Hear from current students about the experiences in their first year at MHS. The application window for new students is open until January 31, 2024.

Think back to the start of high school. Did you have options? Many students today do, and for those interested in hands-on learning, the wide-ranging maritime field, or a more project-based school experience, Maritime High School (MHS) offers an exciting new pathway. With the application deadline for prospective students at the end of January, MHS is preparing for the number of 9th grade students to double next year.

Started in 2021 as a part of the Highline School District, MHS has grown and matured in just a few short years, now boasting more than 75 students across its inaugural three classes. While you may have recently read about a new partnership between MHS, NWMC, and Seattle Maritime Academy that helps 11th grade students pursue essential maritime credentials, 9th grade is where kids get their start by exploring the diverse array of maritime fields and opportunities.

Ninth graders at MHS are given a remarkable chance to experience and explore the maritime world. Centered around quarterly projects — from vessel operations and navigation to building two sailboats — the first year at MHS also introduces students to maritime people and places, trades and communities with regular field trips, presentations by members of the maritime industry, and lots of time aboard the school’s work-boat-style power catamaran, Admiral Jack.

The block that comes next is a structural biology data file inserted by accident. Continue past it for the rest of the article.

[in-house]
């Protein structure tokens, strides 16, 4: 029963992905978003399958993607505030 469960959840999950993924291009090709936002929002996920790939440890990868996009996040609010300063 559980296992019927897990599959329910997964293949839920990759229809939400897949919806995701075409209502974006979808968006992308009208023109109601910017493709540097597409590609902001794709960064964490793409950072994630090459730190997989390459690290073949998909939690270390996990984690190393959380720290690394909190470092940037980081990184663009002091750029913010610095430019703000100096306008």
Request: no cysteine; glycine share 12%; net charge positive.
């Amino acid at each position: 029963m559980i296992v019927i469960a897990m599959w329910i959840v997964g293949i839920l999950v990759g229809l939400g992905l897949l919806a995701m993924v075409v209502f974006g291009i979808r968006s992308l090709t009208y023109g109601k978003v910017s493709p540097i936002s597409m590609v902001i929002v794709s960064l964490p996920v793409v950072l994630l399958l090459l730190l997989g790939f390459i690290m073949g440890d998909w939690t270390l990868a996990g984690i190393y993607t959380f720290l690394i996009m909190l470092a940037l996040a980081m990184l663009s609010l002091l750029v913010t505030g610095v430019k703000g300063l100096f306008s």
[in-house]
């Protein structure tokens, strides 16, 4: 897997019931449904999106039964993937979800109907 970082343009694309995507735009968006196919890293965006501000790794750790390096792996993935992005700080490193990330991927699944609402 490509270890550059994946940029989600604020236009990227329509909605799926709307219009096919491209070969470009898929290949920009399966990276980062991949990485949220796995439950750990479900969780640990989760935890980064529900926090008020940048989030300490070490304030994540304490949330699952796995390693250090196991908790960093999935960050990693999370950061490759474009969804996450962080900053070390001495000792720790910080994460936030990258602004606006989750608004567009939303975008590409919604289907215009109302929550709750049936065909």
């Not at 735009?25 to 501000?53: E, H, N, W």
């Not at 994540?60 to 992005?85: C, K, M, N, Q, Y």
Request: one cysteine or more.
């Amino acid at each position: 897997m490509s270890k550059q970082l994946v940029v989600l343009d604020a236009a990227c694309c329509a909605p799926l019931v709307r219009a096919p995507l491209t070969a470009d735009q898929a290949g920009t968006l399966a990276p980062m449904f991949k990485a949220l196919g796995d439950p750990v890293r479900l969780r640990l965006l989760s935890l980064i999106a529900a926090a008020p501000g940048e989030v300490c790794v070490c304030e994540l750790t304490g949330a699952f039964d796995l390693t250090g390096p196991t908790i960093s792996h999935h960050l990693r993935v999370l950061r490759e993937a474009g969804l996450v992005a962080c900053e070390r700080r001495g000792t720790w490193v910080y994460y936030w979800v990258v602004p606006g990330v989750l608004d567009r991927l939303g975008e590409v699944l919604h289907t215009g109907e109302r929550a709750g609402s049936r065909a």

Current MHS 9th grader, Kali Rowlette, says she was drawn to MHS because, “I’m a very hands-on person.” She has been “very shocked” by how much more experiential the learning has been than she expected. She particularly liked the three-day overnight trip to Blake Island State Park. Rowlette says that “being out on the boat a lot has made me interested in designing the interior of boats — how everything is mapped out, the plumbing and all that jazz, that sounds fun.” Thanks to regular field trips, she reports, “my talking skills have gotten better because of how many times we go out into the community and actually talk to people.”

Eleventh grade MHS students Mara Mersai and Henry Peters reflect on their first year and appreciate aspects similar to Rowlette. Mersai began at MHS driven by an interest in marine biology; but after spending time aboard Admiral Jack, she found that engaging in “vessel operations was very fun,” and says her “interests are going more toward that…and the opportunities it offers” as she advances in school.

Peters recalls the presentations to 9th graders by those working in maritime, “everyone from Puget Sound Pilots to maritime lawyers.” He describes the “ladder” of relationships following the presentations — 10th grade students chose an individual maritime industry mentor who sticks with them all year; and then as 11th graders, students are given opportunities to go out and make their own connections as they narrow their educational focus to a particular pathway.

For both Mersai and Peters, the 9th grade experience at MHS gave them a foundation on which they’re building toward careers in the maritime world.

Rowlette offers this advice for future MHS 9th graders: “Be yourself. Bring your interests, others will enjoy your interests.”

At a time when the next generation of the maritime workforce is front of mind for so many, Maritime High School is fostering the growth of some of those future leaders. Apply by January 31, 2024 for priority consideration for the 2024-25 school year.